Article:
Kevin: This is a team with lots of problems. The offense often struggles on the road. There is the obvious problem of the starting rotation. However, the defense has been abysmal. The Rockies made seven errors last week, including four in one game. As Logan detailed, CarGo is currently the worst fielding left-fielder in baseball. Tulo had a rough patch, but he seems to be over it. Rosario is a terrible receiver, but he is throwing out a good number of guys. Although I love me some Cuddy, his defense is poor. The team’s terrible defense makes the terrible pitching all that much worse.
Ned: Despite the nice outings of Pomeranz, White and Friedrich, the starting pitching continues to be concerning. But the most troubling issues for me over the past week were the play of Dexter Fowler and Troy Tulowitzki. Dex still can’t handle the low and inside pitch, especially from the left side. His average is quickly approaching the Mendoza line. Dex is becoming a two-tool player (speed and glove) with an average arm. Tulo seems to be having head problems. His hitting is way off, and his spectacular defense has become erratic. I am confident Tulo will turn it around, but I can’t express the same confidence in Dex. By the way, maybe Rosario just needs to break in his catching mitt so he can hold onto pitches—the guy still can’t catch cleanly.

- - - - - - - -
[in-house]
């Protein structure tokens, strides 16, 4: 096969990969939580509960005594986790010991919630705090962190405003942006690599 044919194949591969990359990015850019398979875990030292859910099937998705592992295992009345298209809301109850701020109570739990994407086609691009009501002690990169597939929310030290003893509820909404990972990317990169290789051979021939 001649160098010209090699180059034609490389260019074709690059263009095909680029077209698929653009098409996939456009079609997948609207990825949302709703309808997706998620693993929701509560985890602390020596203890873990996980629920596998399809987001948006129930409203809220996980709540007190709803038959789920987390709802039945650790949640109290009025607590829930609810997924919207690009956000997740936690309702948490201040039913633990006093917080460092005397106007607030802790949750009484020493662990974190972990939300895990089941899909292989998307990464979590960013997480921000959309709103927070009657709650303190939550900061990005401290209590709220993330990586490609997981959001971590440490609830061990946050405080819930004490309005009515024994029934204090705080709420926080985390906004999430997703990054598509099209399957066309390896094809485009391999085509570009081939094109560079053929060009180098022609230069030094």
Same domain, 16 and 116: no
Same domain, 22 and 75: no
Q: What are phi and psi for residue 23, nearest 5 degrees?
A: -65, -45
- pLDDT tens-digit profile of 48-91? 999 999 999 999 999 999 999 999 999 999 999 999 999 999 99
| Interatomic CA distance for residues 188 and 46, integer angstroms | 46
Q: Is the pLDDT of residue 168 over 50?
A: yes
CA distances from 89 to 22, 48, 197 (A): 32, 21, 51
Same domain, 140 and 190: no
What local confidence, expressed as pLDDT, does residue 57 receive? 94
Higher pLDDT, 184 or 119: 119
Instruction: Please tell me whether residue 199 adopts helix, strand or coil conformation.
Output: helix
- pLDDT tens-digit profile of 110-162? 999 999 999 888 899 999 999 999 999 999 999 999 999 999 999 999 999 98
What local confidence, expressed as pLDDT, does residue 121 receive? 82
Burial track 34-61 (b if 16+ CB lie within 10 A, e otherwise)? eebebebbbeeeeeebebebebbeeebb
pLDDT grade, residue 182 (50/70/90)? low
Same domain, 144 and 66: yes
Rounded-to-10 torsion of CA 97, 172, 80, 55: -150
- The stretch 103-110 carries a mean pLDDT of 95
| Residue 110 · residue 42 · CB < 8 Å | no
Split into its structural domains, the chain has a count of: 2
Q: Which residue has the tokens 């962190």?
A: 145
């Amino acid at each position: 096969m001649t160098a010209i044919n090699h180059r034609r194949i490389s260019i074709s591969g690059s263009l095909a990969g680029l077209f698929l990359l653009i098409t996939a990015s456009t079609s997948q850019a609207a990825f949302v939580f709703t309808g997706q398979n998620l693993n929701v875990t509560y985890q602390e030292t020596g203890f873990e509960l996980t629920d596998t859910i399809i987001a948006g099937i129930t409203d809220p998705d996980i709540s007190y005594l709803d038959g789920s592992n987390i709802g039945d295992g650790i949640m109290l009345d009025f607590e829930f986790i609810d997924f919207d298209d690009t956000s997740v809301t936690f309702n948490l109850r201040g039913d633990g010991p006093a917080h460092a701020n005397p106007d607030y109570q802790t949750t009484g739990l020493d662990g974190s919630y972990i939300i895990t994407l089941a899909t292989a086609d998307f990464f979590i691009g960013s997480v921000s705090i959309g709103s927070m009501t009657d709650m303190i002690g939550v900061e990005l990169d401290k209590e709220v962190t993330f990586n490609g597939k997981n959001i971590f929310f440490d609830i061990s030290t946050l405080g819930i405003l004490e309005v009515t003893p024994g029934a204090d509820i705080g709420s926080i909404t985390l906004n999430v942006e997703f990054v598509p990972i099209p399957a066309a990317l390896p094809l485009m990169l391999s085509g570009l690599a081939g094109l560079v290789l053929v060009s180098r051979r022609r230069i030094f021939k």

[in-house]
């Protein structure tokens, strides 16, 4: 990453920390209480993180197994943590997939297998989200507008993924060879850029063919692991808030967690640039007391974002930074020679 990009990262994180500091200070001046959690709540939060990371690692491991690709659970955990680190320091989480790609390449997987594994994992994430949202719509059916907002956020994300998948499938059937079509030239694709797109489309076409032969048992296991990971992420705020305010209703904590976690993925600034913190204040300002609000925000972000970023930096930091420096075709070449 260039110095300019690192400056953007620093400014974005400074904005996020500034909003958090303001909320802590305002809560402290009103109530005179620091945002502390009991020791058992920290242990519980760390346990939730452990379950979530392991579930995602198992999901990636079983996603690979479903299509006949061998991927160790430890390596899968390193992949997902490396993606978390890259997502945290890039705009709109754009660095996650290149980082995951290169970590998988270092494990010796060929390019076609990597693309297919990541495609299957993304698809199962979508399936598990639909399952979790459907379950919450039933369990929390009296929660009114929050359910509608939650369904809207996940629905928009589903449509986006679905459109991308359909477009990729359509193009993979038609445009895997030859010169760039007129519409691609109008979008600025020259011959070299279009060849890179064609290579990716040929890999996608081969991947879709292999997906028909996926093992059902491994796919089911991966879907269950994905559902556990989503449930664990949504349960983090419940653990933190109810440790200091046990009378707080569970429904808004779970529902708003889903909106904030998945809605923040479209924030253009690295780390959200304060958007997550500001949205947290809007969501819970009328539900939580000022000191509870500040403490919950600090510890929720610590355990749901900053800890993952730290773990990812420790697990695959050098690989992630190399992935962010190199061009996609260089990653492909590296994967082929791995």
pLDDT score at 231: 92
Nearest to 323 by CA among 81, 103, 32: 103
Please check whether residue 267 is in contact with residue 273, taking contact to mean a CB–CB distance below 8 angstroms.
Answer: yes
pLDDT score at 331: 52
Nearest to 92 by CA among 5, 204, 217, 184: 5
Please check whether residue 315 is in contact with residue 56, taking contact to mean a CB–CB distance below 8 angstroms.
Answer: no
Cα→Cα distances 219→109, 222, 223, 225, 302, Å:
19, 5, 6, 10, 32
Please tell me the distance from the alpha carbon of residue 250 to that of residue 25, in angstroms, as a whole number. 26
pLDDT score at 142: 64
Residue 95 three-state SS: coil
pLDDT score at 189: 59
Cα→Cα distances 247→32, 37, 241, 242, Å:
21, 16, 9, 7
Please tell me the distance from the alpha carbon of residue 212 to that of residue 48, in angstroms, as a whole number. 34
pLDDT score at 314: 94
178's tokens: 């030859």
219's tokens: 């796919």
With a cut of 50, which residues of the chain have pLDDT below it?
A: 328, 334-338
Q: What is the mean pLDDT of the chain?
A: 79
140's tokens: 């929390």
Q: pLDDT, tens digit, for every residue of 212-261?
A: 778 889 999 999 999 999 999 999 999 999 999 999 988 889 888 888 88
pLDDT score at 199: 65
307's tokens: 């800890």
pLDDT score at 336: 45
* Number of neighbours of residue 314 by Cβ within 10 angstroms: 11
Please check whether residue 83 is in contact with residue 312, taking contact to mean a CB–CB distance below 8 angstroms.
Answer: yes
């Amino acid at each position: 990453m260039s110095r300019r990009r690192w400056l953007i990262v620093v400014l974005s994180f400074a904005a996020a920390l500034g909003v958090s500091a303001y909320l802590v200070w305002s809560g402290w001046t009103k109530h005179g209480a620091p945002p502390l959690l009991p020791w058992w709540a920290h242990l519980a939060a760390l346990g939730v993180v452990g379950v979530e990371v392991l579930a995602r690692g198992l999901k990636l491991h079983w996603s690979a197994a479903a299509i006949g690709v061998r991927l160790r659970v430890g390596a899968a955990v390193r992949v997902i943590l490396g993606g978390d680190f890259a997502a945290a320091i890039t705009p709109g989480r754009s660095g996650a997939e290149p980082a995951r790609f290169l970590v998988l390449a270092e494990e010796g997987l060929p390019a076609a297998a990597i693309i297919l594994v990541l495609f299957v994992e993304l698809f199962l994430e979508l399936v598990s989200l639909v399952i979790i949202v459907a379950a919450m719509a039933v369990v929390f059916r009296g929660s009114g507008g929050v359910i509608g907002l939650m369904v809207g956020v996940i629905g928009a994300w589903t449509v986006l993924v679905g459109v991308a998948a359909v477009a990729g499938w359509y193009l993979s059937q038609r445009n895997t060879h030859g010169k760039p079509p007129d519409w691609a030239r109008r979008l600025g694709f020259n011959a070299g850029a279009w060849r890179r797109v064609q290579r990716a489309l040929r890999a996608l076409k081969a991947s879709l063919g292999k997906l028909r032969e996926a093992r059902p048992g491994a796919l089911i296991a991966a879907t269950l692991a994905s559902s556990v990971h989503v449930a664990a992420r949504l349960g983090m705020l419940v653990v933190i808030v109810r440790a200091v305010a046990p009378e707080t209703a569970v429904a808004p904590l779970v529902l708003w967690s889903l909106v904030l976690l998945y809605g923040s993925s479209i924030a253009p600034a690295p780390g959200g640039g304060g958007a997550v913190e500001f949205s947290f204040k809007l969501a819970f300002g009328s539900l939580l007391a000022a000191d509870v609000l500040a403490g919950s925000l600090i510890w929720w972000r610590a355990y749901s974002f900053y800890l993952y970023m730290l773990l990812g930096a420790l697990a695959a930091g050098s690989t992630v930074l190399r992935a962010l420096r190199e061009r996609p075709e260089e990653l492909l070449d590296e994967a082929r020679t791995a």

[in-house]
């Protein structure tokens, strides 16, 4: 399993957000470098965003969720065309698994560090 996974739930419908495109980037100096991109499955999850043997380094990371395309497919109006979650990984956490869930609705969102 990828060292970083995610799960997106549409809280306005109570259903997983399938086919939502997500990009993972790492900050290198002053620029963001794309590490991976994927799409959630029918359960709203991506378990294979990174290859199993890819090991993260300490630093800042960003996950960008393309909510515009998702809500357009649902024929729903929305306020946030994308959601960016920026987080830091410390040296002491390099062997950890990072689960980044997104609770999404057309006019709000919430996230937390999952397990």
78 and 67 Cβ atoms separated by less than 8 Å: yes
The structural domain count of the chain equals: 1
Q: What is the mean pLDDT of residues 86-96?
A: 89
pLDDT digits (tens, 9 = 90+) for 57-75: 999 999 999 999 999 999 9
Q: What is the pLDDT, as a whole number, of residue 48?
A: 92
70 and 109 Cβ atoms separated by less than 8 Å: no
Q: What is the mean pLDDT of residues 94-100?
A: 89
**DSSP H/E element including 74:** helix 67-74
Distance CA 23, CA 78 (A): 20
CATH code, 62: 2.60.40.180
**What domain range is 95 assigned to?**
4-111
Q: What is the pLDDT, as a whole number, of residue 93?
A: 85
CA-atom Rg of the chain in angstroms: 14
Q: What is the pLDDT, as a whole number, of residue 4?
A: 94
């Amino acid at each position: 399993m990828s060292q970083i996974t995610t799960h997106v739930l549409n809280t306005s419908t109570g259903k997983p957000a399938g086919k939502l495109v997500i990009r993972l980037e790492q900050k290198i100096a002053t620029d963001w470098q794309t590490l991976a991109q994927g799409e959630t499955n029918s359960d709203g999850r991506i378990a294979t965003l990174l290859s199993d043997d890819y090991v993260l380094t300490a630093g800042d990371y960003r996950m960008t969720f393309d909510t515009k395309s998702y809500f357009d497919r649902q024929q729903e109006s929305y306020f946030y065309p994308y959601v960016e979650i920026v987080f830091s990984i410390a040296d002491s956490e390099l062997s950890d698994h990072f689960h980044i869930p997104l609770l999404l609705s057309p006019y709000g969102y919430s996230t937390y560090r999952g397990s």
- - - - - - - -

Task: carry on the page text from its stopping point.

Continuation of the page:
Has there been any cause for optimism during the recent tailspin?
Brendan: The first-round three amigos: Pomeranz (2010), White (2009) and Friedrich (2008). Petco Park is an admittedly nice place to make your season debut, but White and Friedrich both pitched very well. Pomeranz also was off to a good start before getting drilled by a line drive. White did a good job keeping the ball down and avoiding the solid contact that plagued him at the end of last season. Friedrich overcame some early bloop hits and defensive miscues to notch 7 Ks in 6 innings en route his first career win. Get used to these guys, because they are the future.
Kevin: Alex White and Christian Friedrich have been reasons for optimism. Bear in mind, however, that they pitched in Petco Park, which is one of the best pitchers parks in baseball. If these two can provide quality innings (I do not mean quality starts, which are not quality), it will be a big boost for this team. Also, Jorge de la Rosa’s rehab is going well. Although his last rehab start wasn’t pretty, the most important things are that he feels good and he reached 94 mph with his fastball. Help might be in the rotation right now, and more help is on the way, especially considering Guillermo Moscoso has been demoted; anyone would be better than Moscoso at this point.
Ned: Baseball fans (except Cubs’ fans) are eternal optimists. The performances of Pomeranz, White and Friedrich this week were very encouraging. Pomeranz seems to be finding the consistency we all have been looking for. White kept the ball down in the zone, and Friedrich showed the ability to strike-out hitters when he really needed to do so. Cargo continued his hot hitting and disciplined approach at the plate which has resulted in a sharp increase in his walks. Cuddyer is the consummate professional at the plate who is turning into an RBI machine—easy to see why DOD paid so much for him.
Have a different take? Let us know in the comments below.